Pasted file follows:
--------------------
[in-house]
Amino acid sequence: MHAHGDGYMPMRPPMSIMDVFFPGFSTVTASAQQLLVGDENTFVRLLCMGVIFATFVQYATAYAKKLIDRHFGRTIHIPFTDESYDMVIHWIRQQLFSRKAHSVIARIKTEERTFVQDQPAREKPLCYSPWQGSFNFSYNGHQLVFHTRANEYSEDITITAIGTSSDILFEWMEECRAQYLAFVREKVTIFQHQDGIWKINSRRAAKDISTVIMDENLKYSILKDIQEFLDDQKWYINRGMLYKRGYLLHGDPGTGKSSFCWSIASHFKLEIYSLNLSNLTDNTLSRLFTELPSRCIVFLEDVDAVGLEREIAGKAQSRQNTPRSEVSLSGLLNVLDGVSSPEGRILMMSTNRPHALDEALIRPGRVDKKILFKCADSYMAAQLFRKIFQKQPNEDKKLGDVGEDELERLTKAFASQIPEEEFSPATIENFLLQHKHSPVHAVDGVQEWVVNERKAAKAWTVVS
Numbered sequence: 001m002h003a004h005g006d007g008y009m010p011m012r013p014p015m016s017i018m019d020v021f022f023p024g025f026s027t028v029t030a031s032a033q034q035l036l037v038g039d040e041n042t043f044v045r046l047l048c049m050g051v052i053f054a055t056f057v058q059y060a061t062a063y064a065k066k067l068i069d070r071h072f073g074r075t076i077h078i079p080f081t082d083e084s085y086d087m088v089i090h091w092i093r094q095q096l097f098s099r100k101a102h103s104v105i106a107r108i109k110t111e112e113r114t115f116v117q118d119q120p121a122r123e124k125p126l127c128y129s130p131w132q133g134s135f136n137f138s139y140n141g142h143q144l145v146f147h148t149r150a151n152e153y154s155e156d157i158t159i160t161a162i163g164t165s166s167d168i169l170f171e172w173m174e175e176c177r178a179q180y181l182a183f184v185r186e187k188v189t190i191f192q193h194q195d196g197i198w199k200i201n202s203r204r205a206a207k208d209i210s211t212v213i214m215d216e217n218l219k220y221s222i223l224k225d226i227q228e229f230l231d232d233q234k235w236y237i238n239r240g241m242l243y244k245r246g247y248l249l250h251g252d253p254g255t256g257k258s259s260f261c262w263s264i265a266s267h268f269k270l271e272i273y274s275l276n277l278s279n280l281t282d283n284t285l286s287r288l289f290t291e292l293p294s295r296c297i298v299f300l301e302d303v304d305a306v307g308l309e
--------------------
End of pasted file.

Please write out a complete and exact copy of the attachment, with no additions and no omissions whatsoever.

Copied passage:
[in-house]
Amino acid sequence: MHAHGDGYMPMRPPMSIMDVFFPGFSTVTASAQQLLVGDENTFVRLLCMGVIFATFVQYATAYAKKLIDRHFGRTIHIPFTDESYDMVIHWIRQQLFSRKAHSVIARIKTEERTFVQDQPAREKPLCYSPWQGSFNFSYNGHQLVFHTRANEYSEDITITAIGTSSDILFEWMEECRAQYLAFVREKVTIFQHQDGIWKINSRRAAKDISTVIMDENLKYSILKDIQEFLDDQKWYINRGMLYKRGYLLHGDPGTGKSSFCWSIASHFKLEIYSLNLSNLTDNTLSRLFTELPSRCIVFLEDVDAVGLEREIAGKAQSRQNTPRSEVSLSGLLNVLDGVSSPEGRILMMSTNRPHALDEALIRPGRVDKKILFKCADSYMAAQLFRKIFQKQPNEDKKLGDVGEDELERLTKAFASQIPEEEFSPATIENFLLQHKHSPVHAVDGVQEWVVNERKAAKAWTVVS
Numbered sequence: 001m002h003a004h005g006d007g008y009m010p011m012r013p014p015m016s017i018m019d020v021f022f023p024g025f026s027t028v029t030a031s032a033q034q035l036l037v038g039d040e041n042t043f044v045r046l047l048c049m050g051v052i053f054a055t056f057v058q059y060a061t062a063y064a065k066k067l068i069d070r071h072f073g074r075t076i077h078i079p080f081t082d083e084s085y086d087m088v089i090h091w092i093r094q095q096l097f098s099r100k101a102h103s104v105i106a107r108i109k110t111e112e113r114t115f116v117q118d119q120p121a122r123e124k125p126l127c128y129s130p131w132q133g134s135f136n137f138s139y140n141g142h143q144l145v146f147h148t149r150a151n152e153y154s155e156d157i158t159i160t161a162i163g164t165s166s167d168i169l170f171e172w173m174e175e176c177r178a179q180y181l182a183f184v185r186e187k188v189t190i191f192q193h194q195d196g197i198w199k200i201n202s203r204r205a206a207k208d209i210s211t212v213i214m215d216e217n218l219k220y221s222i223l224k225d226i227q228e229f230l231d232d233q234k235w236y237i238n239r240g241m242l243y244k245r246g247y248l249l250h251g252d253p254g255t256g257k258s259s260f261c262w263s264i265a266s267h268f269k270l271e272i273y274s275l276n277l278s279n280l281t282d283n284t285l286s287r288l289f290t291e292l293p294s295r296c297i298v299f300l301e302d303v304d305a306v307g308l309e